Amy Slate grew up around Miami and loved to watch Flipper and Jacques Cousteau. She was about age 6 and taking a swim with a dolphin on a trip to a Florida Keys marine park when a light went on. It’s still on.
“Not everyone can live their passion but if you do what you love the rest will follow,” Slate said.
Slate, a University of Florida grad, opened her first dive center in in Key Largo in 1978 and runs Amy Slate’s Amoray Dive Resort, a heralded divers Shangri-la (Geraldo Rivera approves) that stresses marine conservation and education. Underwater weddings also fit in.
Slate chipped in Thursday at the Blue Ocean Business Summit, a global online forum for ocean health and business. The BOB started June 8 – World Oceans Day – with a mission to face “the elephant in the ocean,” according to host Laurie Wilson of the Blue Ocean Network.
“A healthy dive industry is fundamentally linked to a healthy ocean,” said Wilson (at right). “Up until now, the mainstream won't talk about the state of our ocean – it's considered bad for business but the summit speakers we've assembled are going to change all that.”
A lineup of 32 speakers from 13 countries includes eco stars Dr. Sylvia Earle of the National Geographic Society, conservationist and filmmaker Jean-Michel Cousteau, cave explorer Jill Heinerth, celebrity free diver, educator, and artist Sharon Kwok (above left), and writer/anti-whaling activist Jose Truda Palazzo.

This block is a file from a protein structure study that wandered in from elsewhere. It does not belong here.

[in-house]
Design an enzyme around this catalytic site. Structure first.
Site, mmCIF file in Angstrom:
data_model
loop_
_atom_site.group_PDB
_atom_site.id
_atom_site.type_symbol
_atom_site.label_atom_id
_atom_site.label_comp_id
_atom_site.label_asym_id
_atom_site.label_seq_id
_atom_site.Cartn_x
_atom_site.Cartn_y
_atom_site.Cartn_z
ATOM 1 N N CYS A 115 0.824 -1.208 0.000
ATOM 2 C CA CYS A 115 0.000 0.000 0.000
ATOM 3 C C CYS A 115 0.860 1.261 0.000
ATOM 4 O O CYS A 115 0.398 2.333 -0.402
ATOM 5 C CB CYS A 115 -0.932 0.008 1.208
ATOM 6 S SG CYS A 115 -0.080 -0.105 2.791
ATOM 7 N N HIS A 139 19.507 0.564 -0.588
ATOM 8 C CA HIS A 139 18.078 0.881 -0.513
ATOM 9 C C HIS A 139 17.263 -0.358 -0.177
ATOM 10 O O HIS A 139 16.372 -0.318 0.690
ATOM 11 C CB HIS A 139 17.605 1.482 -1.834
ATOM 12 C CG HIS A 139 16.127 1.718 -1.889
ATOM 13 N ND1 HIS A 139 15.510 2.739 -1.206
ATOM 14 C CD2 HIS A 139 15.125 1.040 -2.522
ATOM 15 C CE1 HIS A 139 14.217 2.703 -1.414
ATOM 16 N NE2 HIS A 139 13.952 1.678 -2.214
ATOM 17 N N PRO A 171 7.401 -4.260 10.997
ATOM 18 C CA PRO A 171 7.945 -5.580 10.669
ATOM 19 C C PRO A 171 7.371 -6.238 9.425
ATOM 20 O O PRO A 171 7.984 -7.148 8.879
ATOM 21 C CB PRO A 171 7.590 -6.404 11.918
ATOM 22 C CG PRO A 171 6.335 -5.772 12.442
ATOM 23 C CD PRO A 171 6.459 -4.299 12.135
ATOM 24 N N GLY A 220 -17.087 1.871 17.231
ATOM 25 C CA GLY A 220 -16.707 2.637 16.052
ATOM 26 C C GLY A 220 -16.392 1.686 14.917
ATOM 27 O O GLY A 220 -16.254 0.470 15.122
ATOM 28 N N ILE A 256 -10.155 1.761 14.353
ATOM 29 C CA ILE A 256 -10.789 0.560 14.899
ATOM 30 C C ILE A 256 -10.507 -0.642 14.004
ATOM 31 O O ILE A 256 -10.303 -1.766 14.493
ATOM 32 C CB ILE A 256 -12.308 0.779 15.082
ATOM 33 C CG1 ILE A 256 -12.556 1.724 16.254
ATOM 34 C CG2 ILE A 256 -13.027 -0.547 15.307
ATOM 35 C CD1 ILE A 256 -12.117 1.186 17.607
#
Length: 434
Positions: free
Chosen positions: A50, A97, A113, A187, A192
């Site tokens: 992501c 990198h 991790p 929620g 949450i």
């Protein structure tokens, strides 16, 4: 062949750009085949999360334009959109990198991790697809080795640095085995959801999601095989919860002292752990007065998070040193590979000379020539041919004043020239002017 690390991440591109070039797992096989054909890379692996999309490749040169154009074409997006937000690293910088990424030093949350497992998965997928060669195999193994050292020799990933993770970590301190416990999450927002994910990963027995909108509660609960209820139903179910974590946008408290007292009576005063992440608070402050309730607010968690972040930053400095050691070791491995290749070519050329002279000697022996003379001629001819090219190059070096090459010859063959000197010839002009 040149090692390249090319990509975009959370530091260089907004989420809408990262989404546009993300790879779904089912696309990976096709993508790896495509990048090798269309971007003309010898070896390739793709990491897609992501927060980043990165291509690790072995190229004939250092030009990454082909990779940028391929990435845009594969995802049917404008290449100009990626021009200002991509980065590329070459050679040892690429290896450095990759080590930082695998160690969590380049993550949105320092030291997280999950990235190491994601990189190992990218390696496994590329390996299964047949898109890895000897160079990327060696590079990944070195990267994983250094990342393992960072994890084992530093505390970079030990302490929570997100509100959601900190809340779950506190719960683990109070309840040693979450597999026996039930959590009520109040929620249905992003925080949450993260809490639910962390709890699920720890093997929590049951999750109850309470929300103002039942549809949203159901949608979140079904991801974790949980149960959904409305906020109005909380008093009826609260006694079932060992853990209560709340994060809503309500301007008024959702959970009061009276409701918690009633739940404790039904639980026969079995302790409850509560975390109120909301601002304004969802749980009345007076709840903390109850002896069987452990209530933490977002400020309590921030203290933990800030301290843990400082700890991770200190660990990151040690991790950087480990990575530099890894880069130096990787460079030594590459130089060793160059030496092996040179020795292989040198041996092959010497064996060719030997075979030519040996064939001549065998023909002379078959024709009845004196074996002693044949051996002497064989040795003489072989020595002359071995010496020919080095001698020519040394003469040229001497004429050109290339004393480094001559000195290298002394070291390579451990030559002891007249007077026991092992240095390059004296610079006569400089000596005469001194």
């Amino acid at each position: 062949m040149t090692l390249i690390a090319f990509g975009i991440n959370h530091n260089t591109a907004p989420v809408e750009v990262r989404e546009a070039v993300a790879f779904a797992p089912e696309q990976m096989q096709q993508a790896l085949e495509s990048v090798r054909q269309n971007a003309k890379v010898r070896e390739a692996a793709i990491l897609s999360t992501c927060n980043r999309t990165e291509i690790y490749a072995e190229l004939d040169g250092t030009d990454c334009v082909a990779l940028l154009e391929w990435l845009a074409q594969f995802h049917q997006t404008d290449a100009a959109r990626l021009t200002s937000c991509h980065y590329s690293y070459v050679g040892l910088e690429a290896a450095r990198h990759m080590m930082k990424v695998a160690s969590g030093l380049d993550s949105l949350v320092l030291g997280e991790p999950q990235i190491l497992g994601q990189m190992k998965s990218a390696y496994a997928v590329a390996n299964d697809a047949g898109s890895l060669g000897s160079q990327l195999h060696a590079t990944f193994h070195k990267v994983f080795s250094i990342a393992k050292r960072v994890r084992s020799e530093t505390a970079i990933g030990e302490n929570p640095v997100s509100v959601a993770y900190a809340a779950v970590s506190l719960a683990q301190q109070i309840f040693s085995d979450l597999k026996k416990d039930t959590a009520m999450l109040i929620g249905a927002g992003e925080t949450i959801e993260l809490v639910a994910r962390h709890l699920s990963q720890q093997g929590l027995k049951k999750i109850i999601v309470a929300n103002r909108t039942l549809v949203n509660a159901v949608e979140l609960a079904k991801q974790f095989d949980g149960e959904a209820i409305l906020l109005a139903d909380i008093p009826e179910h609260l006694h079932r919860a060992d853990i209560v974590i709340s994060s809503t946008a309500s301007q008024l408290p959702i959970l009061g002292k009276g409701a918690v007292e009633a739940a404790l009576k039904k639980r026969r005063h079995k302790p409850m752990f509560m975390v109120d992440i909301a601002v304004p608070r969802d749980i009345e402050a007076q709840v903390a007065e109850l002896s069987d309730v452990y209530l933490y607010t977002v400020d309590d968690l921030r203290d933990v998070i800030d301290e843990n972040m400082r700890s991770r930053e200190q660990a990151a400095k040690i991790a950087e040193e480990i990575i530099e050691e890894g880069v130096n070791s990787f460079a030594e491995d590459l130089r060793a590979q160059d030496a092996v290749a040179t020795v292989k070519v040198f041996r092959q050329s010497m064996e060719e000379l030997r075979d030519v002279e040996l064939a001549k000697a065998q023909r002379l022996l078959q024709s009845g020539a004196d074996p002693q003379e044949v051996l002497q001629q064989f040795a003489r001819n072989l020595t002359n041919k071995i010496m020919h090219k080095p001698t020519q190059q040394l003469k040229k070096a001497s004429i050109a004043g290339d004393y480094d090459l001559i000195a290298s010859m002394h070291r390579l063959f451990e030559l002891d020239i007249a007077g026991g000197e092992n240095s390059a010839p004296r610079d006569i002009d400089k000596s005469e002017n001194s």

The BOB debuted last year with 21 speakers for 1,425 mostly online participants, Wilson said.
Slate joined a panel called "Protecting Our Partner." She said she visited dive operations worldwide to refine her vision for Amoray.
"When I first got into diving it was a different mindset," Slate (left) said in a 38-minute video. "People were into hunting and spearfishing. There was no concern for the corals ... it was just a totally different mindset than it is thankfully today.
"Very early on I wanted to [teach] conservation, not touching the corals, not polluting the oceans. All those things were in my briefings [for dive students] when I first started Amoray in '93."
Coral reef disorders are increasingly acute in the Caribbean, according to NOAA. Island economies depend on "billions of dollars from visitors to reefs through diving tours, recreational fishing trips, hotels, restaurants, and other businesses based near reef ecosystems."
The summit features nine panels recorded on video and wraps Friday and Saturday with “Business with a Bigger Purpose” and “Leadership in Unknown Territory.” The forum is free this weekend and registration is required."A lot of the teaching we do right now is encourage our children to go clean this stuff up,” said Dianna Cohen of the Plastic Pollution Coalition. “That’s not the solution, turning future generations into garbage-pickers on the beach. Clearly it needs to be cleaned up but how will we ever clean it up if we continue to create these enormous amounts of [plastic].”
Cousteau, son of ocean explorer Jacques Cousteau and a founder of the Ocean Futures Society, headed a discussion on changing business models for ocean-based industries. "The concept of countries, borders, and so on is an absurdity. There is one system, which is the water system. There are no borders.”
Slate’s Amoray is involved with the Reef Environmental and Educational Foundation, Coral Restoration Foundation, Florida Keys National Marine Sanctuary, and Everglades National Park. In March Slate was inducted into the Women’s Diver Hall of Fame.
» Captive breeding may be the last chance to save Florida's grasshopper sparrow, North America's most endangered bird. (Via Audubon)